Please reload

Recent Posts

I'm busy working on my blog posts. Watch this space!

Please reload

Featured Posts

Winter to Spring: Causes of Seasonal Depression

March 2, 2017



Spring has sprung, but your mood may not be matching the blooming flowers and lighter days.

 Seasonal depression, best known as seasonal affective disorder (SAD), often occurs during the start of winter. However, an estimated 10% of people with SAD experience symptoms of seasonal depression during transitions into warmer weather. Believe it or not, the beginning of spring can bring on feelings of loneliness, sadness, and depression. Here are some of the many reasons why this occurs:



While there are some people who welcome and embrace change, many of us fear any shift in our normal routines. Any change, whether negative or positive, can bring about feelings of anxiousness or anxiety. Many people often find that changing weather patterns and longer days from daylight savings can result in a difficult adjustment period - altering their moods, changing their sleep patterns, and creating an overall feeling of imbalance.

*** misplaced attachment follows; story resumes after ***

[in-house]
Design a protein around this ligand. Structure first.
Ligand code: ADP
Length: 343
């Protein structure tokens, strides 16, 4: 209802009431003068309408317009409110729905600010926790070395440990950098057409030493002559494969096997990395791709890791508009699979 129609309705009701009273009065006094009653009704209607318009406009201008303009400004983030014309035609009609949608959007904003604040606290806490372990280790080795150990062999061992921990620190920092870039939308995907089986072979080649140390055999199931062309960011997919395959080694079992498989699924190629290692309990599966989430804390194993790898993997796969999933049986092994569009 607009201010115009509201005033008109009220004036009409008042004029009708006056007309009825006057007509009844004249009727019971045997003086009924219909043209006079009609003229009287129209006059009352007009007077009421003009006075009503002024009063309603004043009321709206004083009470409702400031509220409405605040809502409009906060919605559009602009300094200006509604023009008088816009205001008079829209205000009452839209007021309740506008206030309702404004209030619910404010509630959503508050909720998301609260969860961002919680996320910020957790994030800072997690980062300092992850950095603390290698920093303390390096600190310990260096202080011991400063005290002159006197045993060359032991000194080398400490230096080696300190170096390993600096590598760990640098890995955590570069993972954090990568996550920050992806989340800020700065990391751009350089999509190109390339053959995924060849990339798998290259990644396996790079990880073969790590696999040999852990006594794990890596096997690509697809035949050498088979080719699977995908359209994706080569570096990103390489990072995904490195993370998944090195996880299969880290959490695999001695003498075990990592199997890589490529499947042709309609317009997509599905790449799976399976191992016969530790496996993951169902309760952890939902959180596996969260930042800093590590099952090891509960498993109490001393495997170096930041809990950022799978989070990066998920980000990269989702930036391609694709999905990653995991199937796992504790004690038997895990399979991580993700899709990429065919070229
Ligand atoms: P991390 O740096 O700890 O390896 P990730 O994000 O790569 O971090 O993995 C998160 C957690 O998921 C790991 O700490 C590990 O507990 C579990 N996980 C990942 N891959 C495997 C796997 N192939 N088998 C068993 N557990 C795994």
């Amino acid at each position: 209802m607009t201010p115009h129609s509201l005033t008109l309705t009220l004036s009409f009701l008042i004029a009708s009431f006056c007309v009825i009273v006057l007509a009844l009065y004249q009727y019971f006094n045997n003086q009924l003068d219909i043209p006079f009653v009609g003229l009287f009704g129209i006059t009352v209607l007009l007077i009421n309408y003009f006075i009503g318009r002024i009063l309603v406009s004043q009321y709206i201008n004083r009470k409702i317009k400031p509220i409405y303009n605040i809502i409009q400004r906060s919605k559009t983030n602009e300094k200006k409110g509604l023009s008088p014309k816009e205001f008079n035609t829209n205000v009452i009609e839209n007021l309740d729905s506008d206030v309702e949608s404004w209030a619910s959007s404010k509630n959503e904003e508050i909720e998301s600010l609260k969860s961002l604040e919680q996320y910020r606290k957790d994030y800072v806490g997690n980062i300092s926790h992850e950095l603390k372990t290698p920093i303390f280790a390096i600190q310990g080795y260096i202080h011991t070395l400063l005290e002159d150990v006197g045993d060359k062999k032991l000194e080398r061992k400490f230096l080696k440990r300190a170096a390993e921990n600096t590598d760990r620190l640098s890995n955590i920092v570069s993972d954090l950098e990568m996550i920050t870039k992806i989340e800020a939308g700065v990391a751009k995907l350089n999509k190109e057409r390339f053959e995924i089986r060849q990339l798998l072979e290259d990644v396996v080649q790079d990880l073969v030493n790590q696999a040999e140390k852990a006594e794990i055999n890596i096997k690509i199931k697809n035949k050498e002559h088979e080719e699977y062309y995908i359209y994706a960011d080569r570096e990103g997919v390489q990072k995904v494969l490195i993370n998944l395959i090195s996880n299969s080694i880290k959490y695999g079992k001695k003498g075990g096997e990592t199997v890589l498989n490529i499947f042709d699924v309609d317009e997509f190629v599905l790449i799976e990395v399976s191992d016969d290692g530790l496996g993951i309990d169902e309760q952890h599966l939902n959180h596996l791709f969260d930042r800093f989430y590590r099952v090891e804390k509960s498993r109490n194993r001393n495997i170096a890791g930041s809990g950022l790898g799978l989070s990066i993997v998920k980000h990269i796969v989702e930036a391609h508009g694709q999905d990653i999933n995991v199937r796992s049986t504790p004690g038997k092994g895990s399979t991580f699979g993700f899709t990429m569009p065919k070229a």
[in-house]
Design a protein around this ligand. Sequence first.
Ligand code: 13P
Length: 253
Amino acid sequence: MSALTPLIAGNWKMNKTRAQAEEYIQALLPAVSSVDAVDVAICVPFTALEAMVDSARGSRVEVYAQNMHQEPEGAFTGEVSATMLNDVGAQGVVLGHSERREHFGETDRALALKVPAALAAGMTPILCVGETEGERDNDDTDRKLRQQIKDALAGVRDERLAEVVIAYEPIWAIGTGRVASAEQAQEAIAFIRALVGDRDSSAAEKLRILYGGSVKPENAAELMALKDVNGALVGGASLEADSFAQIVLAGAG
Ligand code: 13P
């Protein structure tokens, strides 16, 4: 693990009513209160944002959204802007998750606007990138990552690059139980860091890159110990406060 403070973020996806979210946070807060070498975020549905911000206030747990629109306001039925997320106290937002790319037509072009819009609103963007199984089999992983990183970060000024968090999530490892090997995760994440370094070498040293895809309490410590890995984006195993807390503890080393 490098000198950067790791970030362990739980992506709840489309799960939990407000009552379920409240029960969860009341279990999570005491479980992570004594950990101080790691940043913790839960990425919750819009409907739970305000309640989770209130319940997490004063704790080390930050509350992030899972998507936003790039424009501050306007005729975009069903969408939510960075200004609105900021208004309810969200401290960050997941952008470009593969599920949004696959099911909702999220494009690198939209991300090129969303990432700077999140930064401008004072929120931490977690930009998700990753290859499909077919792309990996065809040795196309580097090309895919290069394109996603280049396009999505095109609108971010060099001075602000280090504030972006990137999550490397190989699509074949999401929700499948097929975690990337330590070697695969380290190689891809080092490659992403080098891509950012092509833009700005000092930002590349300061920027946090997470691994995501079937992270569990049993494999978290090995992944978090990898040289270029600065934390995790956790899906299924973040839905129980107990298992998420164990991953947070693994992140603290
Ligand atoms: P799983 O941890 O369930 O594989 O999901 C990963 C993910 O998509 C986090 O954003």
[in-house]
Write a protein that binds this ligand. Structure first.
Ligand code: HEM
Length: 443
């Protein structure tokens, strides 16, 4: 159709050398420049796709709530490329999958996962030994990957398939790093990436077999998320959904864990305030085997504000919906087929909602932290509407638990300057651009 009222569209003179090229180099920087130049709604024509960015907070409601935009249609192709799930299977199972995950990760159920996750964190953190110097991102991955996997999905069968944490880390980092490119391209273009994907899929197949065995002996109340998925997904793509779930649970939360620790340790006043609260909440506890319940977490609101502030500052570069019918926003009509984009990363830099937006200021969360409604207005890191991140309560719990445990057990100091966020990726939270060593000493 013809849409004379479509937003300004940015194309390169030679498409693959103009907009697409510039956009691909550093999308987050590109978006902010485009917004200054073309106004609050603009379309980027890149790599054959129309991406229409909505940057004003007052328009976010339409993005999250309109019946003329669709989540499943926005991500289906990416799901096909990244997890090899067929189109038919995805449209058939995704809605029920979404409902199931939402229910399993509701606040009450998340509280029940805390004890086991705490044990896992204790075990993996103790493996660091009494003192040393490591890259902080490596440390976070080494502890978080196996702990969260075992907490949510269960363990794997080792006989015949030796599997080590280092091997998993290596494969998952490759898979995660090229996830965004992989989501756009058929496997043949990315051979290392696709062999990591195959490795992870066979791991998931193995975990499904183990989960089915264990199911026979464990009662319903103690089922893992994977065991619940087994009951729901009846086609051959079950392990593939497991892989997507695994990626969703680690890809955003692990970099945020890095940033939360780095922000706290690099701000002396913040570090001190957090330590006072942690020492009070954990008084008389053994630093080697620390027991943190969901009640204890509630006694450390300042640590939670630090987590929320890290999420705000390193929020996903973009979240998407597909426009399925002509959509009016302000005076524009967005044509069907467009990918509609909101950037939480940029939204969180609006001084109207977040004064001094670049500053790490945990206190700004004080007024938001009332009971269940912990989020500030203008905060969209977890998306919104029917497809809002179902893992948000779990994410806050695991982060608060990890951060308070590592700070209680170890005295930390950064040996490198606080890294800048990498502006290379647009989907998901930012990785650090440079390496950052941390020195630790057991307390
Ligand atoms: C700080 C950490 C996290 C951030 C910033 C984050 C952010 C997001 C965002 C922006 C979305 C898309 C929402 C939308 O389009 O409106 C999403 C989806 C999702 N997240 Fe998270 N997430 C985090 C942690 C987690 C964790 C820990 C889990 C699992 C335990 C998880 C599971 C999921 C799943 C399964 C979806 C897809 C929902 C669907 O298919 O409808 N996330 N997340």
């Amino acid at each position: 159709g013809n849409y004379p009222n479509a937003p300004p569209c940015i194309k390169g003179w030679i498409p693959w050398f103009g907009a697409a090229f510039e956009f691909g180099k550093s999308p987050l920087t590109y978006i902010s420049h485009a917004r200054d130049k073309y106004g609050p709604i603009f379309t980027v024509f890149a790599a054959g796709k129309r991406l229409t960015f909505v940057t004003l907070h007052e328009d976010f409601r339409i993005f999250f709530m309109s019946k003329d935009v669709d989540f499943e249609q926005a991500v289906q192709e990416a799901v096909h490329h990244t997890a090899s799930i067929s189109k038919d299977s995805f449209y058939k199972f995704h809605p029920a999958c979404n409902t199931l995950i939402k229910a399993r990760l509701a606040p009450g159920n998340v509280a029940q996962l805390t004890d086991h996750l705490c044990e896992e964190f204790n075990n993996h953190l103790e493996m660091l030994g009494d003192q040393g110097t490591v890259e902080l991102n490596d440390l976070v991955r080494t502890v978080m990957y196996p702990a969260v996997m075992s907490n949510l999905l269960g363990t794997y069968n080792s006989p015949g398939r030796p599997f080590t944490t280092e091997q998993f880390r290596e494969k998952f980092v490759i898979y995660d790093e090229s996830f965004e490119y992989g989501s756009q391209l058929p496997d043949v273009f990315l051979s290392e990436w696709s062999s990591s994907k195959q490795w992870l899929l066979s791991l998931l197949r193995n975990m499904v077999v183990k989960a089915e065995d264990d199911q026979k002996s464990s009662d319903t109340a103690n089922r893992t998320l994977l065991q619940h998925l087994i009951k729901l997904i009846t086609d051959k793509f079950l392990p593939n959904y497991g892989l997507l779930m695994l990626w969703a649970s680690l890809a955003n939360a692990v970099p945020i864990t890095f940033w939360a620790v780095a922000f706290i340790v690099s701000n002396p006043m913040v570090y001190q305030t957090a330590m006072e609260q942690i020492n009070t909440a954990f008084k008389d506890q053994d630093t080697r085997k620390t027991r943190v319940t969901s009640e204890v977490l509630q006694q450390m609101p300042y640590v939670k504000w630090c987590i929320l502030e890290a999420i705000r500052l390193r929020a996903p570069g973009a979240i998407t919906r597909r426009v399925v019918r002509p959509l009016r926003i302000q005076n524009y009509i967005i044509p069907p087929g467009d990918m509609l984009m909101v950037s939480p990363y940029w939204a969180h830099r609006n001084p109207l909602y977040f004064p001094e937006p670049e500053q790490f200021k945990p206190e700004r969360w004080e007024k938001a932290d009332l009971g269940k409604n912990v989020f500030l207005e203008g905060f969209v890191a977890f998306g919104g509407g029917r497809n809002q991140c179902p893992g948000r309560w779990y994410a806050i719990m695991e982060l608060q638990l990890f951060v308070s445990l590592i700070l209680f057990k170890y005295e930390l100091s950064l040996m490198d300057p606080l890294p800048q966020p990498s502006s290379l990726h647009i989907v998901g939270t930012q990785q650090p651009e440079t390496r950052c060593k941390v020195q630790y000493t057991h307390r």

During the start of winter, a lack of sunlight alters the brain levels of certain mood-controlling chemicals like melatonin, potentially causing changes in personality and behavior. In the spring, the reverse effect takes place but can still result in depression, as the brain is readjusting to a new circadian rhythm. Warmer weather and longer days can create feelings of melancholy as eating and sleeping schedules shift.



Known as the season of rebirth, many of us create our most meaningful memories in the spring, celebrating engagements, weddings, graduations, and other major milestones. However, with these memories can often come sentimental feelings of nostalgia, regret, or even sadness in the event of losing a loved one or simply reflecting on happier times. The spring months can often evoke sentimental feelings, leaving many people longing for the past and struggling to move forward. 


Don’t suffer alone!

There are many signs of seasonal depression, including loneliness, irritability, fatigue, increased appetite, and difficulty concentrating, among many others. If seasonal depression hits, consider seeking the support of a professional counselor who can give you tools and guidance to effectively cope with the change of seasons.   


Are you seeking a licensed counselor in San Antonio, Texas?  Get in touch today with Joseph Montaldi, LCSW, and schedule your free consultation.  

Share on Facebook
Share on Twitter
Please reload

Follow Us
Please reload

Search By Tags